Mercedes-Benz Focuses On Icons
by Karl Greenberg,
Mercedes-BenzMercedes-Benz USA is using the national broadcast of the Academy Awards ceremony as a springboard for its new marketing campaign, “State of the Art.” The campaign throws the limelight upon the sixth-generation 2013 SL 550 Roadster.
The Montvale, N.J., automaker’s campaign launches with a 60-second TV ad that is tied to a live broadcast from New York’s Times Square and a digital extension on oTRC.com (“On The Red Carpet”) where the company also touted the M class SUV.
The ad is a timeline of SL cars through history, history’s passage expressed by the next generation zooming past the previous one, starting with the 1952 300 SL Carrera Panamericana racecar. The 2013 SL is introduced as “our most breathtaking model ever.”
During the Oscars, the ad was simulcast on the Times Square super sign, along with other SL ad creative, promos and vignettes two weeks prior. The digital extension continues on YouTube whenever people search for content from the Academy Awards.
In addition to the Academy Awards premier, there will be a six-week television flight in April and May to coincide with the vehicle’s retail launch. Broadcast placements include special events such as the PGA Masters, the NCAA Final Four tournament and network season finales. Print includes such titles as GQ, Departures, Forbes, Fortune and Town & Country.
It is also the last campaign in which Steve Cannon will have had a direct hand. Cannon this year was promoted from VP marketing to president and CEO of Montvale, NJ-based Mercedes-Benz USA. He says, by the way, that he isn’t giving up marketing: “It runs in my veins.” Cannon was very successful in his former position. He helped reinvigorate a brand that was hobbled and starved by parent Daimler’s experiment with Chrysler earlier in the millennium.
But under Cannon’s watch (with a little help from engineering), the brand re-established its core lineup, aligned nameplates like C and E to appeal both to loyalists and to younger, performance-oriented customers, and touted vehicle safety technology by featuring real owners. He also shifted dealerships into high gear for the tablet age. And there was that naming rights deal with the New Orleans Superdome, which probably couldn’t have been timed much better.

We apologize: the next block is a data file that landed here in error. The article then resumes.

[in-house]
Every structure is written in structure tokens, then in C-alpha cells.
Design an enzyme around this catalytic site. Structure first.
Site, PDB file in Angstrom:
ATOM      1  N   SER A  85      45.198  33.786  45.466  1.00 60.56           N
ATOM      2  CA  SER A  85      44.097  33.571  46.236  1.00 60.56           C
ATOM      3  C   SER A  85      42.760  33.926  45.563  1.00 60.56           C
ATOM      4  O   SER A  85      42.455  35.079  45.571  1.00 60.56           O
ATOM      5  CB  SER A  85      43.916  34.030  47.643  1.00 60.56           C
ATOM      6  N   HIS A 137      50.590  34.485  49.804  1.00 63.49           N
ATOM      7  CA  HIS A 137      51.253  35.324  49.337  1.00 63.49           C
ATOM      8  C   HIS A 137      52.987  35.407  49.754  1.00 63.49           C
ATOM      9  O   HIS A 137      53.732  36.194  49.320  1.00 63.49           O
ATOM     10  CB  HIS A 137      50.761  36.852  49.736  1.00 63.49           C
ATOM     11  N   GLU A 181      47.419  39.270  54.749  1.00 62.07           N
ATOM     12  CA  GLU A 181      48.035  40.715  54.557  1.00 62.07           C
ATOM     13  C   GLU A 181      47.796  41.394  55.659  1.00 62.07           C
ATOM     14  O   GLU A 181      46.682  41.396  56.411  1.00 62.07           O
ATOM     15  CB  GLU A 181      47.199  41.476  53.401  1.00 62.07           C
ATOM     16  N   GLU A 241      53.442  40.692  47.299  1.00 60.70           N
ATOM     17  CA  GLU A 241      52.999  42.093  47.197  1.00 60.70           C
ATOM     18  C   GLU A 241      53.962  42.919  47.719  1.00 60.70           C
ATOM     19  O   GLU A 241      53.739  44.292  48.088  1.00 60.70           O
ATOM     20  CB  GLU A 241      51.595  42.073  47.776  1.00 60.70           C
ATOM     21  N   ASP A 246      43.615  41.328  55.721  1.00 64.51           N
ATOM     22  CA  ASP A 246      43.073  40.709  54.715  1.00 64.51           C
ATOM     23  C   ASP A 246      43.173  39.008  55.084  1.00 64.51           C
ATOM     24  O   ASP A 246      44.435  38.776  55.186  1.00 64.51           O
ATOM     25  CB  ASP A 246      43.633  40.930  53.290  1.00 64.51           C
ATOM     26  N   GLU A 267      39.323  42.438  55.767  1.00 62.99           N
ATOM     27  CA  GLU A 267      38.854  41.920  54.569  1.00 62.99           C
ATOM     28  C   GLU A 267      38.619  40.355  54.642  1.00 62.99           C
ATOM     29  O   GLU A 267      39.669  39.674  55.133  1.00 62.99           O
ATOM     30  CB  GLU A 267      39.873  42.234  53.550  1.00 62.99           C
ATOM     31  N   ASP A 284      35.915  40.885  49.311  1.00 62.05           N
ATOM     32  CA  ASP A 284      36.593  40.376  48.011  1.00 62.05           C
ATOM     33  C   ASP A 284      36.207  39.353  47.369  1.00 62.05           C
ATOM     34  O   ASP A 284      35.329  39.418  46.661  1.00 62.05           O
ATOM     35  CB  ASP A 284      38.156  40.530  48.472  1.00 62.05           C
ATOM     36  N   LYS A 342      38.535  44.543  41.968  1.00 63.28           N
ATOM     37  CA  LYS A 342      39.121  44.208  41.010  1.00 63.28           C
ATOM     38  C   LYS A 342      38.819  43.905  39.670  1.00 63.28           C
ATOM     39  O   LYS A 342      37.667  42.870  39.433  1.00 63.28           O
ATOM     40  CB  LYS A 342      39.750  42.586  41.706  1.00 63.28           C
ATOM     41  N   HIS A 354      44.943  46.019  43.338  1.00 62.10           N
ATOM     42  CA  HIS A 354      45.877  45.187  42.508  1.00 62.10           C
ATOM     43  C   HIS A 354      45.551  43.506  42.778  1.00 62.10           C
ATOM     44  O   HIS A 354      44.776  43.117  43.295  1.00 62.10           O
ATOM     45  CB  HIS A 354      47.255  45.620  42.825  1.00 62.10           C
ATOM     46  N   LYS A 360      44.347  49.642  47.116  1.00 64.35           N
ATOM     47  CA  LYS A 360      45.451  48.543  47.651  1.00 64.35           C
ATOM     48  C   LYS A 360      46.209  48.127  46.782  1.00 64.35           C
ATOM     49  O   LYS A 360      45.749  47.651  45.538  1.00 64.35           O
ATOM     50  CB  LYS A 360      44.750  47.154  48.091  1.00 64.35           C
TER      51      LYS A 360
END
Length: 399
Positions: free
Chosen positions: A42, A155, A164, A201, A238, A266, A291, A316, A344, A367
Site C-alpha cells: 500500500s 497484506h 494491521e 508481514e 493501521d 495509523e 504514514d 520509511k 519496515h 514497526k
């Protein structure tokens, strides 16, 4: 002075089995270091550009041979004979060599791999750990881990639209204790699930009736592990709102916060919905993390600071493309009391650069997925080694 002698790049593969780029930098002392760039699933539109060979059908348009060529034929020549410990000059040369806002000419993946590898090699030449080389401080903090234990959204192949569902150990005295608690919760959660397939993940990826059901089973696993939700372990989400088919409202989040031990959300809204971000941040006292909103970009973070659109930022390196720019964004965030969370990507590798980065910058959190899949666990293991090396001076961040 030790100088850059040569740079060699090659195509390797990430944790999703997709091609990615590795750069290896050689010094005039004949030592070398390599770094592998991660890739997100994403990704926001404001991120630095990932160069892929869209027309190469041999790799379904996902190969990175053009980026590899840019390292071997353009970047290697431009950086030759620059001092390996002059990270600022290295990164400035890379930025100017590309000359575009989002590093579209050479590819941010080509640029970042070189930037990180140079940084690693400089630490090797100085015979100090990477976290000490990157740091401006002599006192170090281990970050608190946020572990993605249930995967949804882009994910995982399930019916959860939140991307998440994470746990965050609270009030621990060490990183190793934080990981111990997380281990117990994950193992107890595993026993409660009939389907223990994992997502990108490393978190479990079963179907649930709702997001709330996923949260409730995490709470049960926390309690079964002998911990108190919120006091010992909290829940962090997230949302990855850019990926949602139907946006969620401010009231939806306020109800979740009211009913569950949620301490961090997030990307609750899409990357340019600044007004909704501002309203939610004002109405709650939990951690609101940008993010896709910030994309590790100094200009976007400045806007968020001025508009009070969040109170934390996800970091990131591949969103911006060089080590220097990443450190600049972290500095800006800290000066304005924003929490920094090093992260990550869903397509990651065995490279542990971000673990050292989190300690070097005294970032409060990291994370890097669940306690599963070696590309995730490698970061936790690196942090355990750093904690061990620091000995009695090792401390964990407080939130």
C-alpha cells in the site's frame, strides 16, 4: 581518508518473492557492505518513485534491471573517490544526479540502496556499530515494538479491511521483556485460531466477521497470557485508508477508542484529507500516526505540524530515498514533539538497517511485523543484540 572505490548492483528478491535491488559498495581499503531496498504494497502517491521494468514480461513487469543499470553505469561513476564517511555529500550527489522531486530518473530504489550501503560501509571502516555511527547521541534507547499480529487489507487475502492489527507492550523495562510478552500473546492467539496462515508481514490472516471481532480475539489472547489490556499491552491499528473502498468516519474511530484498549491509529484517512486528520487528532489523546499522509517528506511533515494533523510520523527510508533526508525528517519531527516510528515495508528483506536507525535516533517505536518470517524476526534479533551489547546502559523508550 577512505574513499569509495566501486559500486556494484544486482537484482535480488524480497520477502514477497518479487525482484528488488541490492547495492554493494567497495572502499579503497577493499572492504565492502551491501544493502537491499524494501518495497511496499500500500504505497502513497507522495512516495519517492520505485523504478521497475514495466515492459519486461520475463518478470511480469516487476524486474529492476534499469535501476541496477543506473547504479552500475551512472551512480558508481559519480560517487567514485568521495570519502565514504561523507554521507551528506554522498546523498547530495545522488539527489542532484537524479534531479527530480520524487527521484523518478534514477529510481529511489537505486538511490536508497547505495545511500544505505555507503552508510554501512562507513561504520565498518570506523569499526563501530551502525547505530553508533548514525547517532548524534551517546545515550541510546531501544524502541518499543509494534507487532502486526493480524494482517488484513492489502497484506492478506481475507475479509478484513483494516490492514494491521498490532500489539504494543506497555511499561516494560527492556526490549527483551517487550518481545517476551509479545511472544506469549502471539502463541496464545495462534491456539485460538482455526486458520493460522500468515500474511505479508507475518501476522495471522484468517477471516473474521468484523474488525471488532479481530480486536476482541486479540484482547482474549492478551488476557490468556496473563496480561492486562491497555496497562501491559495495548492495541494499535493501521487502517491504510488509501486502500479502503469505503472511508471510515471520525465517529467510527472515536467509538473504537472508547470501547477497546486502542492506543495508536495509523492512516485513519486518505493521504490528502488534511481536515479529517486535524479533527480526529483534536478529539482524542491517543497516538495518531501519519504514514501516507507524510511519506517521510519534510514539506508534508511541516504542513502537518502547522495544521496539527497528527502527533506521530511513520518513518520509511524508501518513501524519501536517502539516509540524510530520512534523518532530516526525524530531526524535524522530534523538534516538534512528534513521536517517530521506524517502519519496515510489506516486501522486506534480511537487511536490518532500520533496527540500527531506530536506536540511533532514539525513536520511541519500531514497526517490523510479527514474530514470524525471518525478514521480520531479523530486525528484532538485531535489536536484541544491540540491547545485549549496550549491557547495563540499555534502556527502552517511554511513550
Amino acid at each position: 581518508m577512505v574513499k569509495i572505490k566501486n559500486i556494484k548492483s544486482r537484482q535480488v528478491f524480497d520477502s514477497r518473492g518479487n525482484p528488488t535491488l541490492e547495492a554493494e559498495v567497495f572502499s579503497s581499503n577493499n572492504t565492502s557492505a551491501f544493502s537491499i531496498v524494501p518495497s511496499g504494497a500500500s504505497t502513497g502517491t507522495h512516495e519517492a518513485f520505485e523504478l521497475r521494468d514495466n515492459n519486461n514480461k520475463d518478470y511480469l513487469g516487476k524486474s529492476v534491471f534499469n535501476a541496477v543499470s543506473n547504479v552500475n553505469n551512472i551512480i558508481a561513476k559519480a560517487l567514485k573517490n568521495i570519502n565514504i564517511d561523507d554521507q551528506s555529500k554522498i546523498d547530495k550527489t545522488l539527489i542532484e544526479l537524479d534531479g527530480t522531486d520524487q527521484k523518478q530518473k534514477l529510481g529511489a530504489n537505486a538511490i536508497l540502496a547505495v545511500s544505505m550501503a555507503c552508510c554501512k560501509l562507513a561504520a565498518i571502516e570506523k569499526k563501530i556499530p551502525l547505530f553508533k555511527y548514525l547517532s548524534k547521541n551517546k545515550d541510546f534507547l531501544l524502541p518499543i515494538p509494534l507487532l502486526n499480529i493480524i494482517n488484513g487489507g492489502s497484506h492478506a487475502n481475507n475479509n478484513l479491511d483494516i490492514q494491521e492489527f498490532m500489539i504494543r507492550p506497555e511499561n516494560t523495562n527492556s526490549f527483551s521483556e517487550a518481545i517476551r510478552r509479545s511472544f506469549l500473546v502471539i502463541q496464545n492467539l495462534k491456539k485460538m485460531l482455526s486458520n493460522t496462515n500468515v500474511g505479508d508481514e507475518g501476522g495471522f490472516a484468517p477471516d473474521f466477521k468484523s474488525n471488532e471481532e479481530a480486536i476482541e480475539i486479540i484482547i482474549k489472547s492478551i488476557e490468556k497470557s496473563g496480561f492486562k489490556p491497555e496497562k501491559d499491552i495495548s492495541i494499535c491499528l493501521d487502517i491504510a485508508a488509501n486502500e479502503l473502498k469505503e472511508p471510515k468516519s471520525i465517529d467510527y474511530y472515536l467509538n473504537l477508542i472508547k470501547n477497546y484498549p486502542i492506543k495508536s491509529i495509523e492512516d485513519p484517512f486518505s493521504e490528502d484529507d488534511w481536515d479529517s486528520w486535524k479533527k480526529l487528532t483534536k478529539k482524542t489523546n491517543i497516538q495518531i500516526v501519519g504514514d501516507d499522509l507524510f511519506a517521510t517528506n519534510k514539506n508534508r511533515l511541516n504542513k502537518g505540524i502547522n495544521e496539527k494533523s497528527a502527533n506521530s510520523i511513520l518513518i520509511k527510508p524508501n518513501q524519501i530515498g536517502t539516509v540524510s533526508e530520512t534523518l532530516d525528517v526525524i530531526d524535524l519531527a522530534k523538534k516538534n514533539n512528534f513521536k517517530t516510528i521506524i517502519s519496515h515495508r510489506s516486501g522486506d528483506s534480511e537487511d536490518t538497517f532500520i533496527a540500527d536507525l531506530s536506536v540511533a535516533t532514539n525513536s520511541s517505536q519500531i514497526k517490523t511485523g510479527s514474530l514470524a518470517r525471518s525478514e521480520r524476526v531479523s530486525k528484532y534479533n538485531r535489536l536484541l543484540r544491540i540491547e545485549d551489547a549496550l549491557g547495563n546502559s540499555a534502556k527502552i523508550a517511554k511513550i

Cannon tells Marketing Daily that the new campaign may focus on a relatively low-volume car, but that it deserves larger focus because of what it represents for the brand. “It has been an iconic car for us in every era and generation,” he says. “Even though it’s not a volume model — and we don’t have to advertise it to sell it — as a leadership story; it’s great brand building.”
On the Oscars, the spot ran just before Billy Crystal’s initial monologue. Cannon says the ad will live on. “It works terrifically as a 30-second spot.”
Last year, Mercedes-Benz did a similar, albeit smaller, program to tout its top-end sports car, the gull-winged SLS AMG. Even though, at around $185,000, it’s not a vehicle that many people will go out and buy, “these vehicles make us different from other automakers,” says Cannon. “While the majority of our marketing will always be focused on C, E and M, [the SL and SLS] let us flex our muscles. So we will continue to spend money on icons. These are not ‘come in and buy’ spots; they contribute to our brand position and mindshare with customers. It’s something we get to do that others can’t, and it’s always good to draw a clear line between us and everyone.”
Additionally, Cannon says the campaign also has a “launch and leave” media commitment, but will have legs throughout the year, including during March Madness on CBS, and the U.S. Open tennis tourney, of which Mercedes-Benz is an official sponsor.